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Crankcase Leak down Test Apparatus for Honda CR250R
Leak down Test Apparatus Main Body
There are a handful of components that make the leak down test apparatus. Click image at right to enlarge. Each component is readily available from either a hardware store or auto parts store. The freeze plug and pressure gage are from a car parts store. The schrader valve, hose barb, tubing, PVC elbow and PVC cap are from a hardware store. The beer tax was more expensive than many of the components used.
The hose barb
from plumbing section of hardware store
The main body of the leak down test apparatus is a PVC elbow with a PVC cap fitted. Click image on left to see a larger image. I used ample amounts of PVC glue just to make sure there are no air leaks. It makes purple and blue marks on the nice white PVC, but who cares. It covers up the greasy fingerprints. Let the glue dry thoroughly. The PVC components are really cheap and have thick walls to fit the valve and barb well.
Drill and tap the threads for the fittings when the PVC glue is dry. Be sure to use the correct drill bit for the tap, and locate the holes on the top and bottom of the tester body. The hole for the barb should point up so the gage and tubing create the most direct route when installed. Click image on right to see the larger picture. The Schrader valve hole should point down where the foot pump can sit on the ground. Tap threads into the thick parts of the PVC cap where the elbow and cap are close and tight. A gap may form if you tap a hole too close to the closed end of the cap because the parts have a taper on them. Use tapered taps sized to the barb and schrader valve body to create threads on the holes you just drilled. Note the diameter of the barb and schrader valve are different and have different threads.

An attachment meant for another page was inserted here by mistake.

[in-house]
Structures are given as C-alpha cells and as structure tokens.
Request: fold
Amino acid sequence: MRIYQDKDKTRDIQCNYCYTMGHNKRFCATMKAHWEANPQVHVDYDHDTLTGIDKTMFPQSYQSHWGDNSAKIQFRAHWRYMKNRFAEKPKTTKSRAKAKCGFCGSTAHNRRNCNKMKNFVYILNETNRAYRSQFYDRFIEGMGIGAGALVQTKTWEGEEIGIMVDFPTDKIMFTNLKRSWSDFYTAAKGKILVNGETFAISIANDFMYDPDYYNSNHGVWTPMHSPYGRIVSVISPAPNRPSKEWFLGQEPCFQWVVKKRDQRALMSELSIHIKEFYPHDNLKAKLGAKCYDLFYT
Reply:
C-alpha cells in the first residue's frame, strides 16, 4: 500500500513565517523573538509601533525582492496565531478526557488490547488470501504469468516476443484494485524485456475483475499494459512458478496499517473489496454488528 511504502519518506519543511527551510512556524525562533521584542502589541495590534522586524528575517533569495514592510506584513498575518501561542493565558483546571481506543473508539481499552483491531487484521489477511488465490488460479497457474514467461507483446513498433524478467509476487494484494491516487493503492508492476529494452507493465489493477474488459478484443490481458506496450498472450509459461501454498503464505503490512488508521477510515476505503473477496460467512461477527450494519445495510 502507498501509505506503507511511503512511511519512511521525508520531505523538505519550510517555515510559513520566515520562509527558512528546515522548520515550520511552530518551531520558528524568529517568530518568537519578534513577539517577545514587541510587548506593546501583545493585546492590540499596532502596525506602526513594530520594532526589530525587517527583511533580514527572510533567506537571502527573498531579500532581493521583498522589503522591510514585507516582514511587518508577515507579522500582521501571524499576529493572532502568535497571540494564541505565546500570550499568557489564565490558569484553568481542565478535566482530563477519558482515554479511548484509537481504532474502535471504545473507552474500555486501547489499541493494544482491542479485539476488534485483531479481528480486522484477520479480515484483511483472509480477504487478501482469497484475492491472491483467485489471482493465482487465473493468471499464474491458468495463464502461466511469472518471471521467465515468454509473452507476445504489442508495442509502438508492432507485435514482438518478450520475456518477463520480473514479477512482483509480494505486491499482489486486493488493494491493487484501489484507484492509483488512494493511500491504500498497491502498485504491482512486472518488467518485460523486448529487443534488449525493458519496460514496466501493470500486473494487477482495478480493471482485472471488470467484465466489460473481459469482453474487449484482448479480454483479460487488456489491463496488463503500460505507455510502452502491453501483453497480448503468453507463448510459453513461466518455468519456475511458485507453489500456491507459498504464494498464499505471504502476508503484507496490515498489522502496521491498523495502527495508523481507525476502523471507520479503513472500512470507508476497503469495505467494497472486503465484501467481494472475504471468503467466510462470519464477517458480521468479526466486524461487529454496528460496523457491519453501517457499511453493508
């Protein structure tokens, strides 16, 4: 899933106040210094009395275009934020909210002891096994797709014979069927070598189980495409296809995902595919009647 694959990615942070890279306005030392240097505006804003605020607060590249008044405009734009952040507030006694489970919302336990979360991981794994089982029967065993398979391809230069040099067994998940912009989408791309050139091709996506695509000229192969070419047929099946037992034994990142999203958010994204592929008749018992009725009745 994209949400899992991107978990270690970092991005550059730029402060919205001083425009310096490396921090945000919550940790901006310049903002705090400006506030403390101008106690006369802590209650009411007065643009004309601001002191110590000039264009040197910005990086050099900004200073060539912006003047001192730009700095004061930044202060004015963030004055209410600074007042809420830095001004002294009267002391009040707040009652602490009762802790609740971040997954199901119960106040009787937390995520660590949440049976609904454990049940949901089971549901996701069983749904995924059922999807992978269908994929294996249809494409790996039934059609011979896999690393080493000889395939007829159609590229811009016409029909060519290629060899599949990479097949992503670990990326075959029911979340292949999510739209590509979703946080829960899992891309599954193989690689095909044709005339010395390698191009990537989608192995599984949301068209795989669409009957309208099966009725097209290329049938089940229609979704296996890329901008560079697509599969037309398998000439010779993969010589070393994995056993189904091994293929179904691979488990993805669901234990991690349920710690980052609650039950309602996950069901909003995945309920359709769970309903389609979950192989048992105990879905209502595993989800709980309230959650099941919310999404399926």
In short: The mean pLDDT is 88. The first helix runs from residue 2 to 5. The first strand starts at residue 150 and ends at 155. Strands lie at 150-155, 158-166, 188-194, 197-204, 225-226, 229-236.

Put a dab of sealer on the threads of the schrader valve and hose barb and screw them into the main body of the tester. I used teflon tape on the threads with good success. These threaded pieces must be airtight. Where the mold that made the elbow parted, there was a ridge created that could lead to an air leak when the tester is installed. It is also a good idea to sand down the parting line on the elbow so it is flat.
This is my new version (click here) of the leak down tester. The PVC body allowed air to leak around the molded o-ring on the inside the carburetor boot. The aluminum base has a groove to accommodate the o-ring and assure a quality seal. The new tester uses a schrader valve to allow the crankcase to be pressurized and a ball valve to isolate the air pump. The PVC tester suffered from pressure loss when the air supply was removed from the schrader valve. The air supply and schrader valve are isolated when the ball valve is closed thus solving the air supply problem. The image on the right will show an enlarged picture.
The pressure gauge is mounted to a hose barb located on a coupler mounted between the base and ball valve.